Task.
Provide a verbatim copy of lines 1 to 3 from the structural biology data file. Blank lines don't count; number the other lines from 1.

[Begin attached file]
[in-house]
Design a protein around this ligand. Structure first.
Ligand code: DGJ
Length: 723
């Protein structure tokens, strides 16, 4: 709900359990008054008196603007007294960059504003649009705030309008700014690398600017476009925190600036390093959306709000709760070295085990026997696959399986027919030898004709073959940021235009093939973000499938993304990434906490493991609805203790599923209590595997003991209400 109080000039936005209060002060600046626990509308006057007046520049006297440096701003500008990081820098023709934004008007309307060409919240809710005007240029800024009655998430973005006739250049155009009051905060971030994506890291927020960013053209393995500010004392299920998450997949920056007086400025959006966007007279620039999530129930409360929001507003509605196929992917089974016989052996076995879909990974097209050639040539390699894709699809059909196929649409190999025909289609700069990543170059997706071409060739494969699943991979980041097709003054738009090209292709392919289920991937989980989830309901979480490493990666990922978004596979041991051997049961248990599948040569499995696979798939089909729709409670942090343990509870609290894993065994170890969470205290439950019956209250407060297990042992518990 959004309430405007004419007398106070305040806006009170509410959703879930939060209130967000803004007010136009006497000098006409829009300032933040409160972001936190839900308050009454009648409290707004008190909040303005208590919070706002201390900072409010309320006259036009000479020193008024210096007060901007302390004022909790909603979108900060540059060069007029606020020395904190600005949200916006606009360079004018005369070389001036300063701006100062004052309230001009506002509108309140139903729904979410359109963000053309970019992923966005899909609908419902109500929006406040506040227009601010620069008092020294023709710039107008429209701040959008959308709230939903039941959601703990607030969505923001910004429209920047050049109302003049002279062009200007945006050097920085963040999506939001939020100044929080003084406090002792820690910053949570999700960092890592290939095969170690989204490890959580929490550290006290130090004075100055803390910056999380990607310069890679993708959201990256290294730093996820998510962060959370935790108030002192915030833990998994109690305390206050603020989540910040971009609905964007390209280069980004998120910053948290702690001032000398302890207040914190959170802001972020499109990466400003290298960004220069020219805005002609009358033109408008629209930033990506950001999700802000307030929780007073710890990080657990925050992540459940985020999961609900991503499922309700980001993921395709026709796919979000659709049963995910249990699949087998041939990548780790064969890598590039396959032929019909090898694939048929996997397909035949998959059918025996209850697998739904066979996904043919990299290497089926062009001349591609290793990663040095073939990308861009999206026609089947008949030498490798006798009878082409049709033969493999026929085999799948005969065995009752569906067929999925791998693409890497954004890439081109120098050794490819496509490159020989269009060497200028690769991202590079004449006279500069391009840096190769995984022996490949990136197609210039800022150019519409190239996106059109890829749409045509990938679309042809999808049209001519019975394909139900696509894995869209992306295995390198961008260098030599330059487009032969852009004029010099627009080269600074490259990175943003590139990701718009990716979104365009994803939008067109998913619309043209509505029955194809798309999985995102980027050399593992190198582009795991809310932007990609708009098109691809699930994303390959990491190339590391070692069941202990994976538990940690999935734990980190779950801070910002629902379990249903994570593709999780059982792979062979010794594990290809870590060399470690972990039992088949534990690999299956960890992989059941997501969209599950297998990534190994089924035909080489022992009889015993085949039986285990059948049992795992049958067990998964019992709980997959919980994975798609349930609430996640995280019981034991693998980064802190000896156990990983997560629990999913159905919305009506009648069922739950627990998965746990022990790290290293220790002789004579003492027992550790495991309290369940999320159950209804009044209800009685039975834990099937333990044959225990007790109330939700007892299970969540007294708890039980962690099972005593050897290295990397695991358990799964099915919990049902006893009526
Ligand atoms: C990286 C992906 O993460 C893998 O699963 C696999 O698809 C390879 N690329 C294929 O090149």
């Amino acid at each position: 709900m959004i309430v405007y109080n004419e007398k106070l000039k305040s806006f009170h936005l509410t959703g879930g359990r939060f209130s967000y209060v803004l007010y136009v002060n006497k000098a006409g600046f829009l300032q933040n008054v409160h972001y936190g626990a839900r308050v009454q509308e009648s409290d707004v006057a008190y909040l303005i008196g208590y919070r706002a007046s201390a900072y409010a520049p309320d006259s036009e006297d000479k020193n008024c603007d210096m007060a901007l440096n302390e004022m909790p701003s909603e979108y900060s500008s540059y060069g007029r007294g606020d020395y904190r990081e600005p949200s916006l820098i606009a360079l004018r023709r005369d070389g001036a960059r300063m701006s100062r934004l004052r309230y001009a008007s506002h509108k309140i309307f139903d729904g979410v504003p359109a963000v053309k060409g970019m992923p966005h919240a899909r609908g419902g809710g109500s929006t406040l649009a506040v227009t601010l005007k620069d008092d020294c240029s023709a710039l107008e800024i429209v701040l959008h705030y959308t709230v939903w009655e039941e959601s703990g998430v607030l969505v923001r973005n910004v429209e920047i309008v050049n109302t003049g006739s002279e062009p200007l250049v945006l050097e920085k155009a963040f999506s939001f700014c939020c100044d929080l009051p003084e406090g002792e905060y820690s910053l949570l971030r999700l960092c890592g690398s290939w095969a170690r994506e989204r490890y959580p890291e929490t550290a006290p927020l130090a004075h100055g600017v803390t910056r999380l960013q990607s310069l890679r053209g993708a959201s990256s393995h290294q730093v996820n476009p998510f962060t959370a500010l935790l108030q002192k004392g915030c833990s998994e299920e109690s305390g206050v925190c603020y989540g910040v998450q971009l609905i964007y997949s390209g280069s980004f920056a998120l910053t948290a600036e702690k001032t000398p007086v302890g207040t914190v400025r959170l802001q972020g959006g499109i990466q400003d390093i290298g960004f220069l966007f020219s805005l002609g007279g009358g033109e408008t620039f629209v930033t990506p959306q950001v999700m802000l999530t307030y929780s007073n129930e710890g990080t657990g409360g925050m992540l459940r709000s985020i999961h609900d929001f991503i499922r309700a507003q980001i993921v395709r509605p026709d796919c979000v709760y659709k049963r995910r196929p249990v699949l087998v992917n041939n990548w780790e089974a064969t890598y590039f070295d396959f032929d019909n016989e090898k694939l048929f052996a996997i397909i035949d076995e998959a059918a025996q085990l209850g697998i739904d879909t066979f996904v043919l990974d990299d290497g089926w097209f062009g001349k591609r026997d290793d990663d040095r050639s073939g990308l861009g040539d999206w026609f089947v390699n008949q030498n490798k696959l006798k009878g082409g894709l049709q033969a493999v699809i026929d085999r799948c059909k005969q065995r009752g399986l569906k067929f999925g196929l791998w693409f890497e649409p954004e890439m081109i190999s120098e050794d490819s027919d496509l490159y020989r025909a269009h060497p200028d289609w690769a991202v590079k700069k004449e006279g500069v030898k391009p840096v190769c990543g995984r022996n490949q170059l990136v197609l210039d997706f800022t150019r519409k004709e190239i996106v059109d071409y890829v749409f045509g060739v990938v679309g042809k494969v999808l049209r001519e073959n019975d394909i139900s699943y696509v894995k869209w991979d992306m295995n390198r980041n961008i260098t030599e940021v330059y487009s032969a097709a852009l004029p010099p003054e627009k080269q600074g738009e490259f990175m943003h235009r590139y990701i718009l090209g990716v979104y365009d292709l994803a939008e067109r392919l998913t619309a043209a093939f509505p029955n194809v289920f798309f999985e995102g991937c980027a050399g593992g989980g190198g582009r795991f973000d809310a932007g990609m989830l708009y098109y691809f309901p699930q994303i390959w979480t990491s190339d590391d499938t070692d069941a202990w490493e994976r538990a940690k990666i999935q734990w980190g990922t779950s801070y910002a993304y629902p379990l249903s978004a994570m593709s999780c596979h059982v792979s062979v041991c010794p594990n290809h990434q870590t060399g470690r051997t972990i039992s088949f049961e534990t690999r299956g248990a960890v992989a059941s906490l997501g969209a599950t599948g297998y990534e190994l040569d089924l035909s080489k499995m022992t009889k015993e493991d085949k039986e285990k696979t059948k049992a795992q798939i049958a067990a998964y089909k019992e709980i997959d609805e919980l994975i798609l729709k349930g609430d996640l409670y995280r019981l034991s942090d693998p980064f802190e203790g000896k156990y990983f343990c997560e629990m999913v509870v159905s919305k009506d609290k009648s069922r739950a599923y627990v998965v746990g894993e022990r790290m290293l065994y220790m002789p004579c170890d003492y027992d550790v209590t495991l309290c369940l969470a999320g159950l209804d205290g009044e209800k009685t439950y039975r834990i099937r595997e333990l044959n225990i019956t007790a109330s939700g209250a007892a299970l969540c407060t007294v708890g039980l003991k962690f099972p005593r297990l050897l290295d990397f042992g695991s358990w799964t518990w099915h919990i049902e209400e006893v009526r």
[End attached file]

[in-house]
Design a protein around this ligand. Structure first.
Ligand code: DGJ